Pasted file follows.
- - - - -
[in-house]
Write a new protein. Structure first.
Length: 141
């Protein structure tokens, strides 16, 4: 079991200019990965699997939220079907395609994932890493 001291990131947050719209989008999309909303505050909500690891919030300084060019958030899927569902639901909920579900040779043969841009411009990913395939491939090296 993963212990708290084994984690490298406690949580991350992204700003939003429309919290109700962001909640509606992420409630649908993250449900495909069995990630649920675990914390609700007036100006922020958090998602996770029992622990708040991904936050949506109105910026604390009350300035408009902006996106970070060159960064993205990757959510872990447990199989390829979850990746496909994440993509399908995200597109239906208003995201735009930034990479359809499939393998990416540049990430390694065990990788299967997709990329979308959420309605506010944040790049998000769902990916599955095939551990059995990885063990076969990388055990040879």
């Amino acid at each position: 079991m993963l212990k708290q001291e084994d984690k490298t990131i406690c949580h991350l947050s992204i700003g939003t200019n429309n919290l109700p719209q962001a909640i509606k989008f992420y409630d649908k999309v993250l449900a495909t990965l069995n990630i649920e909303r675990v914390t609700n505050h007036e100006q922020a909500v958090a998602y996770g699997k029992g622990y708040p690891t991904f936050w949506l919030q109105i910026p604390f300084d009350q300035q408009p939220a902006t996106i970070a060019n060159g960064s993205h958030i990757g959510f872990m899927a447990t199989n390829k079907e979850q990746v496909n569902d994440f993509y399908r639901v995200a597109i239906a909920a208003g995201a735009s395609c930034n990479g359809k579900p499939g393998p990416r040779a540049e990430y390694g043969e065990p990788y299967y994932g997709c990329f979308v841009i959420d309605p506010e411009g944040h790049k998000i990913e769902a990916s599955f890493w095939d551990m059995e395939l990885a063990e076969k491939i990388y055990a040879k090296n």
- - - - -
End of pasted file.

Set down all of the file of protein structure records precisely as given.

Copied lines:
[in-house]
Write a new protein. Structure first.
Length: 141
């Protein structure tokens, strides 16, 4: 079991200019990965699997939220079907395609994932890493 001291990131947050719209989008999309909303505050909500690891919030300084060019958030899927569902639901909920579900040779043969841009411009990913395939491939090296 993963212990708290084994984690490298406690949580991350992204700003939003429309919290109700962001909640509606992420409630649908993250449900495909069995990630649920675990914390609700007036100006922020958090998602996770029992622990708040991904936050949506109105910026604390009350300035408009902006996106970070060159960064993205990757959510872990447990199989390829979850990746496909994440993509399908995200597109239906208003995201735009930034990479359809499939393998990416540049990430390694065990990788299967997709990329979308959420309605506010944040790049998000769902990916599955095939551990059995990885063990076969990388055990040879």
């Amino acid at each position: 079991m993963l212990k708290q001291e084994d984690k490298t990131i406690c949580h991350l947050s992204i700003g939003t200019n429309n919290l109700p719209q962001a909640i509606k989008f992420y409630d649908k999309v993250l449900a495909t990965l069995n990630i649920e909303r675990v914390t609700n505050h007036e100006q922020a909500v958090a998602y996770g699997k029992g622990y708040p690891t991904f936050w949506l919030q109105i910026p604390f300084d009350q300035q408009p939220a902006t996106i970070a060019n060159g960064s993205h958030i990757g959510f872990m899927a447990t199989n390829k079907e979850q990746v496909n569902d994440f993509y399908r639901v995200a597109i239906a909920a208003g995201a735009s395609c930034n990479g359809k579900p499939g393998p990416r040779a540049e990430y390694g043969e065990p990788y299967y994932g997709c990329f979308v841009i959420d309605p506010e411009g944040h790049k998000i990913e769902a990916s599955f890493w095939d551990m059995e395939l990885a063990e076969k491939i990388y055990a040879k090296n």